With the proliferation of remote sensing platforms as well as numerous ground products based on weather radar estimation, there are now multiple options for precipitation data beyond traditional rain gauges for which most hydrologic models were originally designed. This study evaluates four precipitation products as input for generating streamflow simulations using two hydrologic models that significantly vary in complexity. The four precipitation products include two ground products from the National Weather Service: the Multi-sensor Precipitation Estimator (MPE) and rain gauge data. The two satellite products come from NASA's Tropical Rainfall Measurement Mission (TRMM) and include the TRMM 3B42 Research Version 6, which has a built-in ground bias correction, and the real-time TRMM Multi-Satellite Precipitation Analysis. The two hydrologic models utilized include the Soil and Water Assessment Tool (SWAT) and Gridded Surface and Subsurface Hydrologic Analysis (GSSHA). Simulations were conducted in three, moderate- to large-sized basins across the southern United States, the San Casimiro (South Texas), Skuna (northern Mississippi), Alapaha (southern Georgia), and were run for over 2 years. This study affirms the realization that input precipitation is at least as important as the choice of hydrologic model.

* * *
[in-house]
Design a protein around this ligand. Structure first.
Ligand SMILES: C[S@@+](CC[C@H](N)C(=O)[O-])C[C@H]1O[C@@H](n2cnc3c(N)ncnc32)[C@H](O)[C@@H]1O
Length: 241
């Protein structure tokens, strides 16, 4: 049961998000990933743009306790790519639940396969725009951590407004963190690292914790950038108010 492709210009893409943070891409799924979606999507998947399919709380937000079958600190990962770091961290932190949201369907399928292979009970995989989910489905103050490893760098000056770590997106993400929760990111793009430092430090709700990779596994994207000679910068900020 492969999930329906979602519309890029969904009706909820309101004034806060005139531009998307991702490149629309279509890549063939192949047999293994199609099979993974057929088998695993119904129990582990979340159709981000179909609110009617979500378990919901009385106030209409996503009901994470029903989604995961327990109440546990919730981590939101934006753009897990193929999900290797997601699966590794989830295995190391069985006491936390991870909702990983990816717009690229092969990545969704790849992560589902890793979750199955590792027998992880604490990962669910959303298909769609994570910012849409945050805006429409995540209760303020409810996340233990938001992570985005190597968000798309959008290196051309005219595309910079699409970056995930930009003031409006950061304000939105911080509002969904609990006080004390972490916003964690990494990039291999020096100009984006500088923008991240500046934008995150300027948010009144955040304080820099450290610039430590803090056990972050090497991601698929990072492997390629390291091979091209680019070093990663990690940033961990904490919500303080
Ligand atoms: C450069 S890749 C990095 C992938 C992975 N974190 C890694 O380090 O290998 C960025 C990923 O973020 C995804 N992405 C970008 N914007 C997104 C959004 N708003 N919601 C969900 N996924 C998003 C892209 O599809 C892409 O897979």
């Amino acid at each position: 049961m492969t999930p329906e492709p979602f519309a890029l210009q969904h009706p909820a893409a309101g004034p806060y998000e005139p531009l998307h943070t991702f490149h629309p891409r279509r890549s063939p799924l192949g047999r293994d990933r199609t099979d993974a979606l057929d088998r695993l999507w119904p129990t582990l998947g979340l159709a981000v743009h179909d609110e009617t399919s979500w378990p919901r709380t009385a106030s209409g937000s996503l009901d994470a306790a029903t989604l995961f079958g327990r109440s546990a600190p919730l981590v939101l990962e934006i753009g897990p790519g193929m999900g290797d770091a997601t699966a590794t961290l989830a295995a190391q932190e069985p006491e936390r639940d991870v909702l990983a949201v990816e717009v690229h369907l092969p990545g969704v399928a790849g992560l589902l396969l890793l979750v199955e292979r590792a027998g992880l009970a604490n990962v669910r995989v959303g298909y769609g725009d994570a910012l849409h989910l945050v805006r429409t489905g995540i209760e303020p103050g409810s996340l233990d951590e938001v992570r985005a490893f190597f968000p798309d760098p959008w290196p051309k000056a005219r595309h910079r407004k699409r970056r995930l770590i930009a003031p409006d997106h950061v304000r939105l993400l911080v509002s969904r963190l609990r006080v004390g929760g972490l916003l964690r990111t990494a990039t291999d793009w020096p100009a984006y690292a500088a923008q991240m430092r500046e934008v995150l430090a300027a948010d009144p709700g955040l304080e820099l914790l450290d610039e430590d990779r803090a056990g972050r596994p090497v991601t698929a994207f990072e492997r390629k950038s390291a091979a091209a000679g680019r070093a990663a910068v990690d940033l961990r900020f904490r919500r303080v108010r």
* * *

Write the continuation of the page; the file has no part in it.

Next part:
Research Article|September 25 2013
Impact of model complexity and precipitation data products on modeled streamflow
Kenneth J. Tobin
Kenneth J. Tobin, Marvin E. Bennett; Impact of model complexity and precipitation data products on modeled streamflow. Journal of Hydroinformatics 1 May 2014; 16 (3): 588–599. doi: https://doi.org/10.2166/hydro.2013.056
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